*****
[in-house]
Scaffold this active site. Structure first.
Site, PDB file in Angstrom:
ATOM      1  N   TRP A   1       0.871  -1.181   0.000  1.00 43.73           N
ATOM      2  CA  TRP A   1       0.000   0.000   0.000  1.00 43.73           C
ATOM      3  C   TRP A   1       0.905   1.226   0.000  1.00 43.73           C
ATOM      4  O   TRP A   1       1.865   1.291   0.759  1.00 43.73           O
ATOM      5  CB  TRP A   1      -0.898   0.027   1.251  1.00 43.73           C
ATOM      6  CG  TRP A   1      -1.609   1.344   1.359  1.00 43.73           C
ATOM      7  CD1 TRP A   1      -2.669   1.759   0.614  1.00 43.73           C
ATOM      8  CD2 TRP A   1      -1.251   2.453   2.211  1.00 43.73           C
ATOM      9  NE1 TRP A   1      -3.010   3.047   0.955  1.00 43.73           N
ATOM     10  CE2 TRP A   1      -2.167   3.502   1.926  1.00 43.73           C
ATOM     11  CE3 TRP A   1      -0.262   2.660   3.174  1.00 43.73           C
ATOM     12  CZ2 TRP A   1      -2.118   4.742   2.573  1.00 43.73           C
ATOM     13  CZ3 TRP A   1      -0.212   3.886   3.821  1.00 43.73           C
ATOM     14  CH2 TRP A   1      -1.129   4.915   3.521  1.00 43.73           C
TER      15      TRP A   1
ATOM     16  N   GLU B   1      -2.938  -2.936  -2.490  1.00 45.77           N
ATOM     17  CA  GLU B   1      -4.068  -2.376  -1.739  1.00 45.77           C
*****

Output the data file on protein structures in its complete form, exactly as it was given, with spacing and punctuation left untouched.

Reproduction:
[in-house]
Scaffold this active site. Structure first.
Site, PDB file in Angstrom:
ATOM      1  N   TRP A   1       0.871  -1.181   0.000  1.00 43.73           N
ATOM      2  CA  TRP A   1       0.000   0.000   0.000  1.00 43.73           C
ATOM      3  C   TRP A   1       0.905   1.226   0.000  1.00 43.73           C
ATOM      4  O   TRP A   1       1.865   1.291   0.759  1.00 43.73           O
ATOM      5  CB  TRP A   1      -0.898   0.027   1.251  1.00 43.73           C
ATOM      6  CG  TRP A   1      -1.609   1.344   1.359  1.00 43.73           C
ATOM      7  CD1 TRP A   1      -2.669   1.759   0.614  1.00 43.73           C
ATOM      8  CD2 TRP A   1      -1.251   2.453   2.211  1.00 43.73           C
ATOM      9  NE1 TRP A   1      -3.010   3.047   0.955  1.00 43.73           N
ATOM     10  CE2 TRP A   1      -2.167   3.502   1.926  1.00 43.73           C
ATOM     11  CE3 TRP A   1      -0.262   2.660   3.174  1.00 43.73           C
ATOM     12  CZ2 TRP A   1      -2.118   4.742   2.573  1.00 43.73           C
ATOM     13  CZ3 TRP A   1      -0.212   3.886   3.821  1.00 43.73           C
ATOM     14  CH2 TRP A   1      -1.129   4.915   3.521  1.00 43.73           C
TER      15      TRP A   1
ATOM     16  N   GLU B   1      -2.938  -2.936  -2.490  1.00 45.77           N
ATOM     17  CA  GLU B   1      -4.068  -2.376  -1.739  1.00 45.77           C